A Big Mooncake for Little Star, by Grace Lin, will become a classic read aloud to children for generations to come. The endpapers show Little Star and her mama making a Big Mooncake. When it is baked, Little Star’s mama lays it in the night sky to cool. Little Star’s Mama says “your Mooncake took us a long time to bake, so let’s see if you can make it last awhile. Can you remember not to touch this Big Mooncake until I tell you to?” Little Star replies, “Yes, Mama.” “But in the middle of the night, Little Star woke. She forgot what her mama had said and only remembered the Big Mooncake.” So her little feet went “Pat, pat, pat.” across the sky to take a tiny nibble of the brilliant yellow Mooncake. Over the next nights she takes nibbles out of the Mooncake until it is a narrow crescent. A two page spread shows twelve phases of the shrinking moon with Little Star taking a nibble out of each one until it is a crescent. One night Little Star’s mama goes to look for the Big Mooncake and finds it is gone. Mama asks Little Star, “You ate the Big Mooncake again, didn’t you.” “Yes, Mama,” says Little Star. “Now let’s go make another one.” On the final endpapers, the story ends as it began with Little Star and her mama making a new Mooncake to place in the sky. It is a circle story. The story started with the making of the Big Mooncake and finishes with a new cake being made. Continue reading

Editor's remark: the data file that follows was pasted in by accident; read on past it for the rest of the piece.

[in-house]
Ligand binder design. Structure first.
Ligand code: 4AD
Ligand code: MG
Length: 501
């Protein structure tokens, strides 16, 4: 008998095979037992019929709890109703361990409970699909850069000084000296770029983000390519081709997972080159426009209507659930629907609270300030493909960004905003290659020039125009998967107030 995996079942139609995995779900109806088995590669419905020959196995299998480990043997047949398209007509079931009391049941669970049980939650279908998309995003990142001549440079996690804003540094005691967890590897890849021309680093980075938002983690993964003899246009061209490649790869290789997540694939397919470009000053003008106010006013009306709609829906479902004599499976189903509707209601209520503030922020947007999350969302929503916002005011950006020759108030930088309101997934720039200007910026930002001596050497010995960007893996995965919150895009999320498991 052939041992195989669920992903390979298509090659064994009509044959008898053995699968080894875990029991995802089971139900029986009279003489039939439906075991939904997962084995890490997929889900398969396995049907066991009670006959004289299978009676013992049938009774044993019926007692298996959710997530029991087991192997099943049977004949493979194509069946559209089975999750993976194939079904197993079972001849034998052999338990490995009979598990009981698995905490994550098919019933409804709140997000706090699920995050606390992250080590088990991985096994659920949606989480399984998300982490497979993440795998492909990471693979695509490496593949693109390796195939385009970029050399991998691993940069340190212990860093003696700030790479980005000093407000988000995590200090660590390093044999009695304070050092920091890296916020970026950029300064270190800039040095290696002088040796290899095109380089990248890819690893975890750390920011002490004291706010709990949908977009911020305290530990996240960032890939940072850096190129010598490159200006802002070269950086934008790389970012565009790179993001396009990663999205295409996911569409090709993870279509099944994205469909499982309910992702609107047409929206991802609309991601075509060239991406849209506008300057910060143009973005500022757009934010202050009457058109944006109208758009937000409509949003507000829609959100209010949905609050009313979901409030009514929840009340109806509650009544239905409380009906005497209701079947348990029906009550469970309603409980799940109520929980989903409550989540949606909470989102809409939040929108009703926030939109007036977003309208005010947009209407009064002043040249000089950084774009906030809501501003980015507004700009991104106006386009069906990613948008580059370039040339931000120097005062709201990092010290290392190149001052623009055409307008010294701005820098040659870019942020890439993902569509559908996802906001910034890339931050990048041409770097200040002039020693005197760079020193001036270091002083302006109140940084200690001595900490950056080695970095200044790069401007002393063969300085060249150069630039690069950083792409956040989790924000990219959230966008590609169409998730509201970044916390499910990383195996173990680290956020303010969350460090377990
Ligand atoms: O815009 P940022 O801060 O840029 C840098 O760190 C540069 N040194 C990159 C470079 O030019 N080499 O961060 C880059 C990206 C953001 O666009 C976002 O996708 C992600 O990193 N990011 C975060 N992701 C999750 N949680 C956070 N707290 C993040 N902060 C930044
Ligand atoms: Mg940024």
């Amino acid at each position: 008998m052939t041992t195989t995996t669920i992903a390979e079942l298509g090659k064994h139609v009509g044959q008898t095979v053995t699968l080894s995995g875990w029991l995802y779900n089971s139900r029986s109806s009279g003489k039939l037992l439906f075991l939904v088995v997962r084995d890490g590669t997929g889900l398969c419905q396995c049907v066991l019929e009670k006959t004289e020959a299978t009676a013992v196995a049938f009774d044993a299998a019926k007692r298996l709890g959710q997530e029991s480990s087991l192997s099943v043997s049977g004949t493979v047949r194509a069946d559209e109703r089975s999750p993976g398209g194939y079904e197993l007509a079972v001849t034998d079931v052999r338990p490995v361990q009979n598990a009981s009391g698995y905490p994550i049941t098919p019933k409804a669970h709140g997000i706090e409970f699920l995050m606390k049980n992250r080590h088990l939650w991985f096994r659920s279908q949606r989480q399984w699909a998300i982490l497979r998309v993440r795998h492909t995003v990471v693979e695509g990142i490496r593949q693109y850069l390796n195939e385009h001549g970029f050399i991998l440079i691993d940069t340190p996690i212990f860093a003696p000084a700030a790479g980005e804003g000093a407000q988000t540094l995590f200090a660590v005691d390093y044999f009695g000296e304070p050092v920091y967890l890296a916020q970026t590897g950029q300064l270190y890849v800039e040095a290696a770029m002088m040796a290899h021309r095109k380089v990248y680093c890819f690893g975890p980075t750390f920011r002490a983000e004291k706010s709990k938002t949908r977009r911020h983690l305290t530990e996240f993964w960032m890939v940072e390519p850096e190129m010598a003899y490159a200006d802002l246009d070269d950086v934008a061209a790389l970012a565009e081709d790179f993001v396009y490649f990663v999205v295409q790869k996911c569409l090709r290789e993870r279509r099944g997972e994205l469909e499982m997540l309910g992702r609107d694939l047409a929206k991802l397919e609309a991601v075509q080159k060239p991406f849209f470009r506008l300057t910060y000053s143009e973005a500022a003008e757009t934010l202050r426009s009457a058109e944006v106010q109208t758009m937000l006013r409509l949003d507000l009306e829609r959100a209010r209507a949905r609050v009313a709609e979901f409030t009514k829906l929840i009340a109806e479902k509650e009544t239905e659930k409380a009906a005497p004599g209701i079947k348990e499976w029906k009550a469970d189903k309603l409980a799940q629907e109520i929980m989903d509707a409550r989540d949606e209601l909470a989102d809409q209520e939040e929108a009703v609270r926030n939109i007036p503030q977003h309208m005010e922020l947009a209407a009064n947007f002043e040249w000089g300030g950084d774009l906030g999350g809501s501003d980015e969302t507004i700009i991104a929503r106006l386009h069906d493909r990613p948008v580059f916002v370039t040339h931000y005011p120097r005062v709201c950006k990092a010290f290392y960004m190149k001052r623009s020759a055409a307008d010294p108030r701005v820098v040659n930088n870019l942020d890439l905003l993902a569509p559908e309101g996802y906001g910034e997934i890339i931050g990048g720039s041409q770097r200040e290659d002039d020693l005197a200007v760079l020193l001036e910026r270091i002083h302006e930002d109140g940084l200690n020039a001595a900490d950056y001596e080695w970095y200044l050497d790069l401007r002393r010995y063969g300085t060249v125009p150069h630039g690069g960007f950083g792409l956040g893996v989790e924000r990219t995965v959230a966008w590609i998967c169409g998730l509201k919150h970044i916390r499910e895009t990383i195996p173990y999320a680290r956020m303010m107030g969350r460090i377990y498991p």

By Judi Moreillon, Texas Woman’s University, Texas Ambassador for USBBY
Storytelling is fundamental to the human search for meaning. (Bateson 34).
Folklore, fables, myths, and legends, stories that originated in the oral tradition are the indigenous literature in every society. Since people were first able to use language for communication, oral storytelling is the way we have passed on our culture and history, beliefs and values. Traditional literature themes reoccur across cultures. These stories explain the relationships between human beings and the animal, plant, and astrological or seasonal worlds. Although the stories may include different symbols and representations, these “folk” ideas center on elemental figures—mother, father, God, trickster, hero, old man, crone, witch, or devil, and on elementary concepts—creation, destruction, birth, death, initiation or coming of age, separation from parents or community, marriage, or the union of opposites. Continue reading